“She can handle it.” Babe went back to the cast-iron skillet he’d just put on the grill, no doubt testing to see if it was hot enough yet to fry some eggs. People were emerging from the surrounding shacks and he needed to be ready with breakfast sandwiches. “Racko’s been working those upper arms. Let her help the guy. You ask her, she’d tell you she needs the muscle for spearing sturgeon.”
“When was the last time any of us speared a sturgeon?” Andy took another bite of bratwurst.
Matt wasn’t in the mood, either for banter or this unwelcome invasion of his privacy. Neither did he want to continue watching Racko work at cranking the auger, drilling a hole for asshole John Lutz. What he wanted was to drink a beer and enjoy eating hot food in the cold, watching his breath frost the air as his friends’ breaths frosted their beards, and sharing fish stories—as far away as possible from gay-bashing, corn-fed idiots. He hoped to God Lutz wouldn’t catch a look at his shanty because he for sure would make fun of the decorations. The painted fish were too colorful, too fabulous, too fucking gay. And Matt liked being gay.
But of course Lutz would eventually notice his shanty. Who wouldn’t? There was a sea-green octopus on the door with WASKO emblazoned on its head, waving eight arms and eight pink spears.
“Hey!” Andy had gotten a call on his phone and now waved it overhead, shouting. “Picky got one! He’s fighting it now!”
“Got him a sturgeon?” Babe looked down at his grill and the pan crowded with frying eggs.
Matt’s heart leaped. “Big one?” An icy battle between a man armed only with a spear and a Triassic, monster fish was not to be missed.
“Big as a shark! Let’s go.”
“My eggs! Gotta take the eggs!” yelled Babe. “Get the truck, Andy. Keys in my pocket. Matt, help me with the grill.”
They couldn’t leave without the Grill Master. The only thing better than watching Picky Pete de Groot wrestle a sturgeon would be having plenty of food and beer on hand while they did so. All of the commotion caught the attention of the Little Tippers—aged seven to fourteen, jigging for panfish nearby—and they came at a run.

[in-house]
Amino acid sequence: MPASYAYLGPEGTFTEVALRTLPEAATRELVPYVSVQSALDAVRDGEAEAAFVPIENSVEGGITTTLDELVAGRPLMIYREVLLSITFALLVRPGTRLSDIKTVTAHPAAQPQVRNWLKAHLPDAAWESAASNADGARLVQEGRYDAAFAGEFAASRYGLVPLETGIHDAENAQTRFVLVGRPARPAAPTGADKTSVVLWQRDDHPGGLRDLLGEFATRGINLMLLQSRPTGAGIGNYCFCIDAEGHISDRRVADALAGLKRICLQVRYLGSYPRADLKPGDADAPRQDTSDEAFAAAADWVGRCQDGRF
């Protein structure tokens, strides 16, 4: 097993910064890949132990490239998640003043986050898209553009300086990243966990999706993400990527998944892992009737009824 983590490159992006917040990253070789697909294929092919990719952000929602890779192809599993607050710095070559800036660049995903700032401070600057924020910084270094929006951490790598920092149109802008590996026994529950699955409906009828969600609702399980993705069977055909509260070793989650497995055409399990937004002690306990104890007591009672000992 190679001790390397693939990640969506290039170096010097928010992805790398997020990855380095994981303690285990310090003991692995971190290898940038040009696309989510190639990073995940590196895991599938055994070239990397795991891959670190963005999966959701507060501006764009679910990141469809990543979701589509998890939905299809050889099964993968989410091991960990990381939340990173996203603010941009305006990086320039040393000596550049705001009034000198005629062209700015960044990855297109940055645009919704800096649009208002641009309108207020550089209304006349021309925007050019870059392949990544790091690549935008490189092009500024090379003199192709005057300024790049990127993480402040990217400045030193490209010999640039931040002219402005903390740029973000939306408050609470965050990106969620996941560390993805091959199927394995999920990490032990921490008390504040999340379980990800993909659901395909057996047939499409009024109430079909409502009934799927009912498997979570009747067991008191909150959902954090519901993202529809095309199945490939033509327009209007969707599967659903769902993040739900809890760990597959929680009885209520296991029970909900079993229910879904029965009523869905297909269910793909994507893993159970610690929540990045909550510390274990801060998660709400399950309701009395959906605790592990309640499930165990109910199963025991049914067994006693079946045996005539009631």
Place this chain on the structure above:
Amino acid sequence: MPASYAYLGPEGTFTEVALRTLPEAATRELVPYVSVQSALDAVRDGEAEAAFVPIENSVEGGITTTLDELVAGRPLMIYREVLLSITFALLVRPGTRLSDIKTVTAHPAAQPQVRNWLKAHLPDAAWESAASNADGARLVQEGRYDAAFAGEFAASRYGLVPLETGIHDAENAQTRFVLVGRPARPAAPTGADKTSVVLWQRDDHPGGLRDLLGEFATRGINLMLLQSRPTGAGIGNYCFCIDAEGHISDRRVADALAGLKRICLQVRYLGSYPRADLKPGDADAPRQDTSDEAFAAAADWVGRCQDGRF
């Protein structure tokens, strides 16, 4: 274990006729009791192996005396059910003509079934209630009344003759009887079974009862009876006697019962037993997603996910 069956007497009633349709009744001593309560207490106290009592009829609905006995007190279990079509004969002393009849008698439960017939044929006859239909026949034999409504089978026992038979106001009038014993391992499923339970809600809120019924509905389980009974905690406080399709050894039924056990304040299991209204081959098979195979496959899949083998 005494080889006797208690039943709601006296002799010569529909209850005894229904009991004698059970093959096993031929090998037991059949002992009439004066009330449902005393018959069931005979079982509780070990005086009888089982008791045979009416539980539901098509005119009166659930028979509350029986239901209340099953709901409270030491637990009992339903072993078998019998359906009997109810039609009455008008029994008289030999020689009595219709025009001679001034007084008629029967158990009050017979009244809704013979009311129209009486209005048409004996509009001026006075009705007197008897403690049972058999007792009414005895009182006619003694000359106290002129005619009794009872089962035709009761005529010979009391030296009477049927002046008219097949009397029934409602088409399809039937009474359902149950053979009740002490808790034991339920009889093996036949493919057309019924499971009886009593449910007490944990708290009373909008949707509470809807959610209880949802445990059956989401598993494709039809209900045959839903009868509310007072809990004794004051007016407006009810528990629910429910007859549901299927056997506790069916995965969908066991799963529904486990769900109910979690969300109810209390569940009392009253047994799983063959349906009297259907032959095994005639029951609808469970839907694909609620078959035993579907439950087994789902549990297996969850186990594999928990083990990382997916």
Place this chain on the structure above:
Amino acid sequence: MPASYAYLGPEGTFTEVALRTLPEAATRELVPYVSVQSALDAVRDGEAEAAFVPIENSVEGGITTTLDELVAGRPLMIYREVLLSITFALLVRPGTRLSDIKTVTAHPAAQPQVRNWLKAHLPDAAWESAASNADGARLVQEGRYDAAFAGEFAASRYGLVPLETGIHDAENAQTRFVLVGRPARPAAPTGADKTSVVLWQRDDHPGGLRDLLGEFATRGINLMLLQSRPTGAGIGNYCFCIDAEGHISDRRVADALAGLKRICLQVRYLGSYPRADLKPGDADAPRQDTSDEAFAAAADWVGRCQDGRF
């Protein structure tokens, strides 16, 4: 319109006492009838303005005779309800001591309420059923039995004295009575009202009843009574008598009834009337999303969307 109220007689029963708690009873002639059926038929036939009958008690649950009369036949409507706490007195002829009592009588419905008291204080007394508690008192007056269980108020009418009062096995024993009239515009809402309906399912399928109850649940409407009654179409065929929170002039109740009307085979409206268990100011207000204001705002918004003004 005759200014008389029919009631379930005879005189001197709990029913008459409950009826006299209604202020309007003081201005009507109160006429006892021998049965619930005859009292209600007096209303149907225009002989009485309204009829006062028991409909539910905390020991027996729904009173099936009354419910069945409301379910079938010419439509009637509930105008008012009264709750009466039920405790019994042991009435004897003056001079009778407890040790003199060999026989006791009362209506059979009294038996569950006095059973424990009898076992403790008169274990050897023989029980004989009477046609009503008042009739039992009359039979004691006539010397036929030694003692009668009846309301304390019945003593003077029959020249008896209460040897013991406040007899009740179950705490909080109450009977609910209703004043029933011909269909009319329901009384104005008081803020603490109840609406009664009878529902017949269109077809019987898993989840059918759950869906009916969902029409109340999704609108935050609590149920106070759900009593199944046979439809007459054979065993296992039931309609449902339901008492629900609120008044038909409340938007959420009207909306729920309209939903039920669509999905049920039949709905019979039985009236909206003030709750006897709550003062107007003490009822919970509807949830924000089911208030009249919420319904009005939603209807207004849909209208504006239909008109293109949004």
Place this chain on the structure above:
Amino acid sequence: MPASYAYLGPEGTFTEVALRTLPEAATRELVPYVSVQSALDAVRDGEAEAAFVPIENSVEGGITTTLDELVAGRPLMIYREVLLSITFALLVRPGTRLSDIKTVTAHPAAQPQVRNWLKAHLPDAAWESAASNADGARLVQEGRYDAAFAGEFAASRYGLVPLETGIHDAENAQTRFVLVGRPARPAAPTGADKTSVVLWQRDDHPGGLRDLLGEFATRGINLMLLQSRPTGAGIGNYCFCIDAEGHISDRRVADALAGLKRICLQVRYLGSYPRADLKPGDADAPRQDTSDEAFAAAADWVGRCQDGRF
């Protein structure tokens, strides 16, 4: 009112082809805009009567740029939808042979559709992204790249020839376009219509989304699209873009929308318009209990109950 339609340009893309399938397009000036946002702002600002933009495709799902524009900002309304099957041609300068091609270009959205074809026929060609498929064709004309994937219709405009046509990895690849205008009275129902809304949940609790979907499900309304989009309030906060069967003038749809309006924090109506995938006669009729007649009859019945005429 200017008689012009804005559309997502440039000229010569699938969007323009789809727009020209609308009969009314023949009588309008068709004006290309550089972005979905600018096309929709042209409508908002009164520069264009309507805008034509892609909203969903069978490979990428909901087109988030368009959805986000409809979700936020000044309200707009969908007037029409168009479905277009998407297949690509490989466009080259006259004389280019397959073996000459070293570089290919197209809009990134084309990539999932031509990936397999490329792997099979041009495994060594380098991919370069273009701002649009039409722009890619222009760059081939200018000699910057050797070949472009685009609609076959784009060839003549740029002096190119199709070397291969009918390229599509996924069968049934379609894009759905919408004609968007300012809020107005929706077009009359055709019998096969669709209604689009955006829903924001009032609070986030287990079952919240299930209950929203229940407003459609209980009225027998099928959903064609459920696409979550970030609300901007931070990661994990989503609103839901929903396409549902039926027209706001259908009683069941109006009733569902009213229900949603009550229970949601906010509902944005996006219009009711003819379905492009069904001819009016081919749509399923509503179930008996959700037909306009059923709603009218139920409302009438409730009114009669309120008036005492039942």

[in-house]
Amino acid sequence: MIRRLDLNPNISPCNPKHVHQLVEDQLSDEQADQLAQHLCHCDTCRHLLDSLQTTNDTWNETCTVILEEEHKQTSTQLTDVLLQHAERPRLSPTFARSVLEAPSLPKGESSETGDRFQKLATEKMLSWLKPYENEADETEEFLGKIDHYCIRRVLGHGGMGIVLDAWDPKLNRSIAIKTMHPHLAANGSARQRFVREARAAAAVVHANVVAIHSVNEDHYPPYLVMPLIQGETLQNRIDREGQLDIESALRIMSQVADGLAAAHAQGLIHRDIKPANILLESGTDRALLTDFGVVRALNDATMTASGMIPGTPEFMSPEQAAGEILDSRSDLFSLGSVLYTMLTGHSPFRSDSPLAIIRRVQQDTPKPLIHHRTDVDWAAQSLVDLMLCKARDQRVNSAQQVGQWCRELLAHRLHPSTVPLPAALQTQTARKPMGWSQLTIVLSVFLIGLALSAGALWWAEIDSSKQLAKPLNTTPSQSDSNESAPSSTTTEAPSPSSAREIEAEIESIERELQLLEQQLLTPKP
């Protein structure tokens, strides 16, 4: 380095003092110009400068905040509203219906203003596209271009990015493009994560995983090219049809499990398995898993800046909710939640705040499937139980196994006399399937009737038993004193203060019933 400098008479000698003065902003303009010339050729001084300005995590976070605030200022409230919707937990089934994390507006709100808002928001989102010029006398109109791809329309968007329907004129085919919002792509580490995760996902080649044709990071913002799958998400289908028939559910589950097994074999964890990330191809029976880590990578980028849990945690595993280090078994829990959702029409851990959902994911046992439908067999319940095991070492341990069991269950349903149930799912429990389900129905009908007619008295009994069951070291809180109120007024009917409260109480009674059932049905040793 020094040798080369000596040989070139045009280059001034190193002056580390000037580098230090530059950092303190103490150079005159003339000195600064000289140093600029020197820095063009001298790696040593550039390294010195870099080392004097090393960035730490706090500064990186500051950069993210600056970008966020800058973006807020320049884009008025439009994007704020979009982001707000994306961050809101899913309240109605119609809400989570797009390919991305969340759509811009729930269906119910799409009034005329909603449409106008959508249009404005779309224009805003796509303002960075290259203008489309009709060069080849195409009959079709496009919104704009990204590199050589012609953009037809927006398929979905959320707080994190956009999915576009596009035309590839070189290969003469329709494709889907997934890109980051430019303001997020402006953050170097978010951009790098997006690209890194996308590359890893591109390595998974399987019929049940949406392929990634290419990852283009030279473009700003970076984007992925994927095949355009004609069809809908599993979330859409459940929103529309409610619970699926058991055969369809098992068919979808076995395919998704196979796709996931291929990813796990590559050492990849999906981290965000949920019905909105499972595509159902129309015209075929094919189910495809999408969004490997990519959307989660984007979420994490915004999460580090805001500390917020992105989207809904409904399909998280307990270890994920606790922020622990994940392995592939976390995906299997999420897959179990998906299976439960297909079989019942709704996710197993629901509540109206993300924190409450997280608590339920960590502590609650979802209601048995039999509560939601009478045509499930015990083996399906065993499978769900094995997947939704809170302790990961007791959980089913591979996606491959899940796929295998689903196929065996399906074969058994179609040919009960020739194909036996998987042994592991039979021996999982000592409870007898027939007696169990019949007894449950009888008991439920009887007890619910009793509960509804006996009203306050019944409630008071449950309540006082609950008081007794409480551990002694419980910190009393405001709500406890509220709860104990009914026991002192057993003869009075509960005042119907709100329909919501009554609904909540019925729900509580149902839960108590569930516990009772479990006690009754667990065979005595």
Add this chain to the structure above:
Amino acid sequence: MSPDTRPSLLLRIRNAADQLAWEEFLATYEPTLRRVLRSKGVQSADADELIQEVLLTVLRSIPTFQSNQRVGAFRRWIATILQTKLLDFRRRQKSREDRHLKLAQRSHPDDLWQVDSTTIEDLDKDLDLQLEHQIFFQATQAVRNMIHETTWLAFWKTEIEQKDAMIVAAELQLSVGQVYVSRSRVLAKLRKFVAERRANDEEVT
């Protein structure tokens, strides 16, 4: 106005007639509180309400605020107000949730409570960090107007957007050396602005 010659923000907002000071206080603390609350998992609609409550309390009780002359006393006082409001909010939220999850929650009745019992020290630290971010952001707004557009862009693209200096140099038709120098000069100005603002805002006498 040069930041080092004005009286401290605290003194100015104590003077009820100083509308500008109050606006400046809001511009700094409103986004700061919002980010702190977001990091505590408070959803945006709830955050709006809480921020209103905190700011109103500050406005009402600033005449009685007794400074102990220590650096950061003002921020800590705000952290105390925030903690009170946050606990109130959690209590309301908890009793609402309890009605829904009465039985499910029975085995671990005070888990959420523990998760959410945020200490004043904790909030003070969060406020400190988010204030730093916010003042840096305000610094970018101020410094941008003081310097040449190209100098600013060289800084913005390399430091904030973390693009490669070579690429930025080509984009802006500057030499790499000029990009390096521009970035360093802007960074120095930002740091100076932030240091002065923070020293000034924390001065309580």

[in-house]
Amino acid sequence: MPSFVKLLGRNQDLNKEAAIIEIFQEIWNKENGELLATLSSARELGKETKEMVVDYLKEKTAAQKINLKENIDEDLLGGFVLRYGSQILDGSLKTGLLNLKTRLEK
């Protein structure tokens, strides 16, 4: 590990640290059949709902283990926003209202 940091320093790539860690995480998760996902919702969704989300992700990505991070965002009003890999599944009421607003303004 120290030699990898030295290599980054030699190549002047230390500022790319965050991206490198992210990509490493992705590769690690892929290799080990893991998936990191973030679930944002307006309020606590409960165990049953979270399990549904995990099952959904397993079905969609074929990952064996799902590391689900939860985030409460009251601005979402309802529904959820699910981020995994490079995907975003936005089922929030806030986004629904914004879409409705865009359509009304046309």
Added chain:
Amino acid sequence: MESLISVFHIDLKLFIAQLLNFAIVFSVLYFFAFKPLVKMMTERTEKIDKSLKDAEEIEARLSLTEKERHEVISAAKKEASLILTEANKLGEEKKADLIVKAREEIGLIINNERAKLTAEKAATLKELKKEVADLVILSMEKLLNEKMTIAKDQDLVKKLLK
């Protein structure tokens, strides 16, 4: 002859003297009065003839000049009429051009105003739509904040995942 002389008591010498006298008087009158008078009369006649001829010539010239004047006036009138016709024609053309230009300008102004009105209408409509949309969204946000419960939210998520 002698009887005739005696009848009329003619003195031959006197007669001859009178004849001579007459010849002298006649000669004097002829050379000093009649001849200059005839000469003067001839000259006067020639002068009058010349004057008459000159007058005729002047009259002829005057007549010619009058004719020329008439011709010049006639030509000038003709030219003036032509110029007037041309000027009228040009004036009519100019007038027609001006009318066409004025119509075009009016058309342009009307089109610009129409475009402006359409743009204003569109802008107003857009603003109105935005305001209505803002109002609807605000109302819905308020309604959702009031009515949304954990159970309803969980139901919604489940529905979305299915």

“Sturgeon? Where?” Katie and Jeremy bounced up and down, red-cheeked, while teenage Maysie tried to look uninterested while texting. That she could do this with mittened hands was a superpower.
Andy got the keys and backed Babe’s pickup into place. Working carefully, Matt and Babe hoisted the grill up onto the truck. The Grill Master resumed his place, and flipped the eggs in the pan while Andy, Matt, and Racko—having finished helping Lutz—braced coolers and tarps around the grill’s legs.
In the distance where Picky’s shanty stood, the door flung open and a chair flew out. Yep. Sturgeon.
“Get in the cab, kids!” Racko herded her brood. “Yes, Mays, you too. You can’t ride in the back.”
“Mo-om!” But that was as far as the rebellion went.
“Got the beer?” Babe called.
Racko jumped in to join him. “Beer! Brats! Go!”
Andy vaulted into the cab with the kids, paying no further notice to Babe standing on the bed and Racko sitting braced on the coolers. They drove off. Matt ran for his truck.
“Sturgeon?” Two members of the Milwaukee Spear and Beer Crew ran over.
“Picky’s got a big one! Follow that grill!” Matt made a last dash to snap a padlock on his shanty. That took all of ten seconds. He got into his truck and drove after the Tipps. Three more vehicles roared to life and fell into line behind him.
As he made his way to the road, he looked back, despite himself, at Lutz. His nemesis stood, flimsy rod and reel in hand, over the hole Racko had drilled. A solitary figure looking after the departing trucks. The puffy hood of his oversized down parka concealed whatever expression Lutz wore. Matt stuck his hand out the window and flipped him off.
Idiot. That space on the ice had been empty for a reason. Dumb Lutz had drilled his hole over rocks.
Tali Spencer delights in erotic fantasy and adventure, creating worlds where she can explore the heights and shadows of sexual passion. A hopeful romantic and lover of all things exotic, she also writes high fantasy and science fiction. If you would like to see inspiration pictures for her characters, or glimpse how she envisions her worlds, check out her Pinterest boards.
Tali’s books include the Pride of Uttor series: Captive Heart, Dangerous Beauty, Adored, and Victory Portrait, all with Resplendence. Her gay male high fantasy stories, Thick as Thieves, Sorcerer’s Knot, and The Prince of Winds, are published by Dreamspinner Press.